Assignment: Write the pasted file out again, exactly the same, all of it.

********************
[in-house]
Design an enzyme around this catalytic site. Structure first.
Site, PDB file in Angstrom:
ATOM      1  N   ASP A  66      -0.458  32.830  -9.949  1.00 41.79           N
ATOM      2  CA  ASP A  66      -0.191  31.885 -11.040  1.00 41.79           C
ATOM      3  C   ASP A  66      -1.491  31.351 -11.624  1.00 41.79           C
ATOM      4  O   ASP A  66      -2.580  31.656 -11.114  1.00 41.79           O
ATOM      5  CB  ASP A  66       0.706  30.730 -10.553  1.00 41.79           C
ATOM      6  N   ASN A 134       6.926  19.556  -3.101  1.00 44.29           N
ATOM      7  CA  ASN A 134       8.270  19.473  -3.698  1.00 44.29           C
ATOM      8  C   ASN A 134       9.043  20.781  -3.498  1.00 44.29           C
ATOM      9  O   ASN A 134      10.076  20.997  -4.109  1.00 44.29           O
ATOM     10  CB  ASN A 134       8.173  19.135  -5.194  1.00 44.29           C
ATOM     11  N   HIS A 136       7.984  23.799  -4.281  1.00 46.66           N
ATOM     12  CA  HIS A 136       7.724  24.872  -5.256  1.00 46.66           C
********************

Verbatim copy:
[in-house]
Design an enzyme around this catalytic site. Structure first.
Site, PDB file in Angstrom:
ATOM      1  N   ASP A  66      -0.458  32.830  -9.949  1.00 41.79           N
ATOM      2  CA  ASP A  66      -0.191  31.885 -11.040  1.00 41.79           C
ATOM      3  C   ASP A  66      -1.491  31.351 -11.624  1.00 41.79           C
ATOM      4  O   ASP A  66      -2.580  31.656 -11.114  1.00 41.79           O
ATOM      5  CB  ASP A  66       0.706  30.730 -10.553  1.00 41.79           C
ATOM      6  N   ASN A 134       6.926  19.556  -3.101  1.00 44.29           N
ATOM      7  CA  ASN A 134       8.270  19.473  -3.698  1.00 44.29           C
ATOM      8  C   ASN A 134       9.043  20.781  -3.498  1.00 44.29           C
ATOM      9  O   ASN A 134      10.076  20.997  -4.109  1.00 44.29           O
ATOM     10  CB  ASN A 134       8.173  19.135  -5.194  1.00 44.29           C
ATOM     11  N   HIS A 136       7.984  23.799  -4.281  1.00 46.66           N
ATOM     12  CA  HIS A 136       7.724  24.872  -5.256  1.00 46.66           C